Hmmm. As an editor, I’m a stickler for style – and, if I may lay aside modesty for a moment, I was a driving force of Internet stylebooks in the early days of the Web. There weren’t many editors in the early to mid 1990s, and no established style at all until Wired put something down in electrons. I’ve stuck with my style, and I believe that headline above is the first time I’ve intentionally written “internet” without a capital letter. I do that because I mean the American portion of the capitalized global Internet.
But I digress.
American bandwidth providers and the politicians who nibble at their pockets have pushed for laws to promote tiered Internet traffic. To sum up what that means in one sentence, such a law would allow companies like AT&T; to favour traffic from some Web sites over others, and to charge differing rates for or even restrict access to different services.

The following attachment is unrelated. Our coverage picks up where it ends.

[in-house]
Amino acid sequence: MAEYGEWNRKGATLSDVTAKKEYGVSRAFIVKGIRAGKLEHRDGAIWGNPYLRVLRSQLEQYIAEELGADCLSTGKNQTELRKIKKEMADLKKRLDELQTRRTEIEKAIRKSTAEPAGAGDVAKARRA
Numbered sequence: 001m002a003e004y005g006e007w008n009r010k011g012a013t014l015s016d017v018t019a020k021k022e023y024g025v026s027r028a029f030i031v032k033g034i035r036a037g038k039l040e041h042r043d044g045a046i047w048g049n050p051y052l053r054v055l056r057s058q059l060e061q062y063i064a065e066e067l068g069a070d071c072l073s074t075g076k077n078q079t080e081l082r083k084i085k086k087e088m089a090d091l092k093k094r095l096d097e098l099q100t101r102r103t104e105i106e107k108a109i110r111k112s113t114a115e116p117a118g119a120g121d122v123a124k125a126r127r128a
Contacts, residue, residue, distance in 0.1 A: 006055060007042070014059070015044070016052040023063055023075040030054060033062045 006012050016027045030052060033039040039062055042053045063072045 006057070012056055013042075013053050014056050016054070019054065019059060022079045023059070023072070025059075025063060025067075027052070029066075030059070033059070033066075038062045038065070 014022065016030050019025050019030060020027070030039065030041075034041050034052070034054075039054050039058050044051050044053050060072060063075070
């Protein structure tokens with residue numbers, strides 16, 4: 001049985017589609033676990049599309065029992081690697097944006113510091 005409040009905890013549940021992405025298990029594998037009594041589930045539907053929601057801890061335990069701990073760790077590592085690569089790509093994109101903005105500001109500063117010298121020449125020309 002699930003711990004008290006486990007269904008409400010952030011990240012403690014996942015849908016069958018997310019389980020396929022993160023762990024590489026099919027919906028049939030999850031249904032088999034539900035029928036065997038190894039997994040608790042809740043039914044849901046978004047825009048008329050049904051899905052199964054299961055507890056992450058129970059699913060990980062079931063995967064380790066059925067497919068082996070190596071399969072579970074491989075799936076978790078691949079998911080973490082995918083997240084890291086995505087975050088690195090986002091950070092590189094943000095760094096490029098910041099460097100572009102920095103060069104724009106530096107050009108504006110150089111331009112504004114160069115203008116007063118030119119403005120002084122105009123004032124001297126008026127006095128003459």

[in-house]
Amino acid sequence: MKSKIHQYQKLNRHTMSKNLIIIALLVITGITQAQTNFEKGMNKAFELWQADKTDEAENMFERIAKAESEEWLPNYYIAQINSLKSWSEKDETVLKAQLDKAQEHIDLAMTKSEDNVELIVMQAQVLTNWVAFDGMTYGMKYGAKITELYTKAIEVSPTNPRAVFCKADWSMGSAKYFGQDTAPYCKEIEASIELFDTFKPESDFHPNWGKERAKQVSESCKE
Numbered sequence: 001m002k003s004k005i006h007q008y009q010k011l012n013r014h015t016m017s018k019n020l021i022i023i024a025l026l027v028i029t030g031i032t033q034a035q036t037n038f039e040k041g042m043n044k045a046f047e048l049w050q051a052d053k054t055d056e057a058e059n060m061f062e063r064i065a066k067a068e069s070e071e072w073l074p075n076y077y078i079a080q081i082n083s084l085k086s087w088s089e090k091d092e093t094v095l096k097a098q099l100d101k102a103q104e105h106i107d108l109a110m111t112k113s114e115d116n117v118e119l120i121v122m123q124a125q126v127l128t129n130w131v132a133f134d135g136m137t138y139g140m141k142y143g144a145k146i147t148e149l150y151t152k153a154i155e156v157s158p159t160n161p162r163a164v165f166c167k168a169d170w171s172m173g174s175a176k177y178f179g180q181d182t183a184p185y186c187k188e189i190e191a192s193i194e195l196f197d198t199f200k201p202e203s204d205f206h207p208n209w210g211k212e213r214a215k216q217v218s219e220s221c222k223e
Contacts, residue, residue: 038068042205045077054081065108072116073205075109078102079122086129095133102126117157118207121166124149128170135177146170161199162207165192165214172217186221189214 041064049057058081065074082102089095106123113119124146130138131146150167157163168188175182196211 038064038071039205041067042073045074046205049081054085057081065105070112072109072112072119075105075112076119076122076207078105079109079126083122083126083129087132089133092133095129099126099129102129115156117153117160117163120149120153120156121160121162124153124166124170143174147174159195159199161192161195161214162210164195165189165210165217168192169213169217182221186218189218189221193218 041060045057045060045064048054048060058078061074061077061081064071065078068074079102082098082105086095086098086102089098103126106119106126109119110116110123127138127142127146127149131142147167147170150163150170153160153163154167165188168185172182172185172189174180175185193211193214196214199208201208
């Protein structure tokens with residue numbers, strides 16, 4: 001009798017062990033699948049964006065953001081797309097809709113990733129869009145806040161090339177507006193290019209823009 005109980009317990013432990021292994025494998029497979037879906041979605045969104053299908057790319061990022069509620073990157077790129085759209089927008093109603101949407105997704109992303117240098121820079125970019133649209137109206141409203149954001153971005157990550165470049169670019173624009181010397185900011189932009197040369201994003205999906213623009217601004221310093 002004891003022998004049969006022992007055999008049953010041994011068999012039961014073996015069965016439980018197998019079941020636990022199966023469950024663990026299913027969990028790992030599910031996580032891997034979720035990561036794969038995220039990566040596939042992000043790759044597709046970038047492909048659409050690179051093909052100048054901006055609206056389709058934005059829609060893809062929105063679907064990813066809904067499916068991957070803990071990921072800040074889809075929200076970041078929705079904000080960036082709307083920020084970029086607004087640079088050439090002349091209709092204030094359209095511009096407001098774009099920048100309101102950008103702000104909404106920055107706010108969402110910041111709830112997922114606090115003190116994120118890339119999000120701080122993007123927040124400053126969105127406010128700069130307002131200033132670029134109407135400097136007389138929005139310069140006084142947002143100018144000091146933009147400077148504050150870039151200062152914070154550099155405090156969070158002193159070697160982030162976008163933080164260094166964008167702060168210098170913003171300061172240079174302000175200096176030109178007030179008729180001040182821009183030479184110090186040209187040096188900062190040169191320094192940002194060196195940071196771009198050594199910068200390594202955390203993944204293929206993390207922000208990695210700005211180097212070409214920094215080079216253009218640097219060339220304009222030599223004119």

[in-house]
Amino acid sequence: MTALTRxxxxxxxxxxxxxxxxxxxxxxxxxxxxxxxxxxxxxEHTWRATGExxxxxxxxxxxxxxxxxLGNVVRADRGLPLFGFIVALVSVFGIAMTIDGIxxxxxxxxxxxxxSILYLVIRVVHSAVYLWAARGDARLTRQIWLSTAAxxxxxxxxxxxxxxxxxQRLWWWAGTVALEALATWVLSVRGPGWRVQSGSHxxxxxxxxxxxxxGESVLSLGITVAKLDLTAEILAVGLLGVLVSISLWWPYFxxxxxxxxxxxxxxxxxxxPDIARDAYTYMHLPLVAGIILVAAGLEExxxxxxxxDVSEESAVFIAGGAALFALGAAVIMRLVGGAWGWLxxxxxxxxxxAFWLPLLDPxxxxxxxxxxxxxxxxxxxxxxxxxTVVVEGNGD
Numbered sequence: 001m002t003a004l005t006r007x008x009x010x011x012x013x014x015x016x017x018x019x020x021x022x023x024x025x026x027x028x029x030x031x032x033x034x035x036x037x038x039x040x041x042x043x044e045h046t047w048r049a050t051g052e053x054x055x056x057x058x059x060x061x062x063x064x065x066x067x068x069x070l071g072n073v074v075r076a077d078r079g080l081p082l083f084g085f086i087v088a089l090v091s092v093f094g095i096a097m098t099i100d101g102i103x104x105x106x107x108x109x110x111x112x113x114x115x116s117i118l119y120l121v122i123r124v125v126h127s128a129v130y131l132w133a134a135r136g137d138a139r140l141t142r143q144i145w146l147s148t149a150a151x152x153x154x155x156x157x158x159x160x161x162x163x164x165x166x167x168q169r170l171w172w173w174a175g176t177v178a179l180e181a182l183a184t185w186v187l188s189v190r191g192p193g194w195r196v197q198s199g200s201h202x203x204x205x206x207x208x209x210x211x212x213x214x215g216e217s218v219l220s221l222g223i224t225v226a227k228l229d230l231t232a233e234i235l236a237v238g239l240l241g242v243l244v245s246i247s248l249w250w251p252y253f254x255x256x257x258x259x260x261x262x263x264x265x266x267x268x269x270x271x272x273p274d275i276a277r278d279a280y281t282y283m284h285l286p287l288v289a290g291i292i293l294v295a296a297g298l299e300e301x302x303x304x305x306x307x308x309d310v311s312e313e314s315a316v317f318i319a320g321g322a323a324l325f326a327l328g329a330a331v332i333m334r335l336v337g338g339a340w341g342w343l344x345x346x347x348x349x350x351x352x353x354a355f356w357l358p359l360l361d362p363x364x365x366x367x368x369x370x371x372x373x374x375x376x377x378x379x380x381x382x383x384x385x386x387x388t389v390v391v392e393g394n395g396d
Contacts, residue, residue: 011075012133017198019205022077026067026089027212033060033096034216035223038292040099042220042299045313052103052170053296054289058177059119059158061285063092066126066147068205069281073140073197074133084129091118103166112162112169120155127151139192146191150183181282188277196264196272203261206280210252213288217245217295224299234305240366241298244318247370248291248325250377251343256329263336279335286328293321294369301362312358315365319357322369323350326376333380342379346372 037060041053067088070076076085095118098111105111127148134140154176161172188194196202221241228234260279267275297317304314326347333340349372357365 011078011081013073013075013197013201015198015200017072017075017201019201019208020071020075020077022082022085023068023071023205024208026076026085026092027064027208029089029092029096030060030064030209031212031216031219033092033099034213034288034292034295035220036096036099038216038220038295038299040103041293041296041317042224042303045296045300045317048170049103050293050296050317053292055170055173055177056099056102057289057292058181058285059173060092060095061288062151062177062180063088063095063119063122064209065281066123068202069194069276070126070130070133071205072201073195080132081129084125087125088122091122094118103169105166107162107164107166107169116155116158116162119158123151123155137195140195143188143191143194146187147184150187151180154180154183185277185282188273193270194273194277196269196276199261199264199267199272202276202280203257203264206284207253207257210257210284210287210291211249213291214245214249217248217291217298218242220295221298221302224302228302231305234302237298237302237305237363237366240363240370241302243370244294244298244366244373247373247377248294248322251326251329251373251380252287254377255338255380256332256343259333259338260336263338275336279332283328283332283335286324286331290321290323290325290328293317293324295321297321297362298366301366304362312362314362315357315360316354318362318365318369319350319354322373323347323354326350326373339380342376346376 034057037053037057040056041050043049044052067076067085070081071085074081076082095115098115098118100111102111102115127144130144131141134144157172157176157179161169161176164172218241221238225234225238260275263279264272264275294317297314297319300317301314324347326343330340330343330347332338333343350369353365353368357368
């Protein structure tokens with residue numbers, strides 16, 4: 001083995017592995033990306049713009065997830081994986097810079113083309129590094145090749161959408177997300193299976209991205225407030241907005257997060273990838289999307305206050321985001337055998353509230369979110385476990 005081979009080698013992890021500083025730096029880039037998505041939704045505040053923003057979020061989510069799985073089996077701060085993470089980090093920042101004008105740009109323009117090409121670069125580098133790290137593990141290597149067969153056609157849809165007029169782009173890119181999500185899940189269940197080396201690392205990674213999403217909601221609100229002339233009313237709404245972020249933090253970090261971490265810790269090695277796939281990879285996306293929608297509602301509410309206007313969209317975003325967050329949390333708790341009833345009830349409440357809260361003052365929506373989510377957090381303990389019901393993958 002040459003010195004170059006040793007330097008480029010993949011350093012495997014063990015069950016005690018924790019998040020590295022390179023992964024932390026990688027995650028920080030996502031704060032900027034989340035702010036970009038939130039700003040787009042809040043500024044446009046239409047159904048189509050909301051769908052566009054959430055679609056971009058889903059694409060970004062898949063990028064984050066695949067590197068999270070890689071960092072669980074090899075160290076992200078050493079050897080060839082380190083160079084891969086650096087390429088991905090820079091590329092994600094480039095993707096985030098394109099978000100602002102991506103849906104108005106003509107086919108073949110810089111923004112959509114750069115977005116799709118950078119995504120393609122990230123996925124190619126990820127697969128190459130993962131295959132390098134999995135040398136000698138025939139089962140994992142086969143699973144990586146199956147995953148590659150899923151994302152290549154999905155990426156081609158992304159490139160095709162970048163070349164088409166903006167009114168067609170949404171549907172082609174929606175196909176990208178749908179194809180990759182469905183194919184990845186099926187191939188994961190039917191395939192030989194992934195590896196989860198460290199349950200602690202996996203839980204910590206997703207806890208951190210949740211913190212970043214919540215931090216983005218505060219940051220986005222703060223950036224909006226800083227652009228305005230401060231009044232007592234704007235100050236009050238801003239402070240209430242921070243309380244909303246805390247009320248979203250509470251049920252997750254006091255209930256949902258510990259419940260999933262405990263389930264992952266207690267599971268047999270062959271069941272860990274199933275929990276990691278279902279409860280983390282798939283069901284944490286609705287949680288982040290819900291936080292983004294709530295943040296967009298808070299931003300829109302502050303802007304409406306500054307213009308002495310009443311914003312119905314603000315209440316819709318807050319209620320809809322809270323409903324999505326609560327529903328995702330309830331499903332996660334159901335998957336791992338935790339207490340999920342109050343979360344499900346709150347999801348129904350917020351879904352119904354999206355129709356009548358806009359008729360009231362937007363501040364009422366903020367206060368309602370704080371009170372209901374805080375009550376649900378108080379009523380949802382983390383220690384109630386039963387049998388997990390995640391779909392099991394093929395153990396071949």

Right now, the Internet more or less works with Net neutrality, even in the US. All Web traffic is equal to all other Web traffic. Some inequalities exist among different types of traffic – say, Web and VoIP – or for security concerns, but on the whole, everyone can get to everything equally.
Wikipedia discusses the situation in its Net Neutrality article.
So far, I’ve written what amounts to a dull Netsurfer Digest survey article – here comes the pizzazz!
Everyday users of the Web should favour Net neutrality. Eclectic folks with esoteric Web sites really should favour Net neutrality. I have a site like that. You might. Leslie Hall does. So do Peter Pan, and the Tron guy.
We are the Web, people. We Are the Web.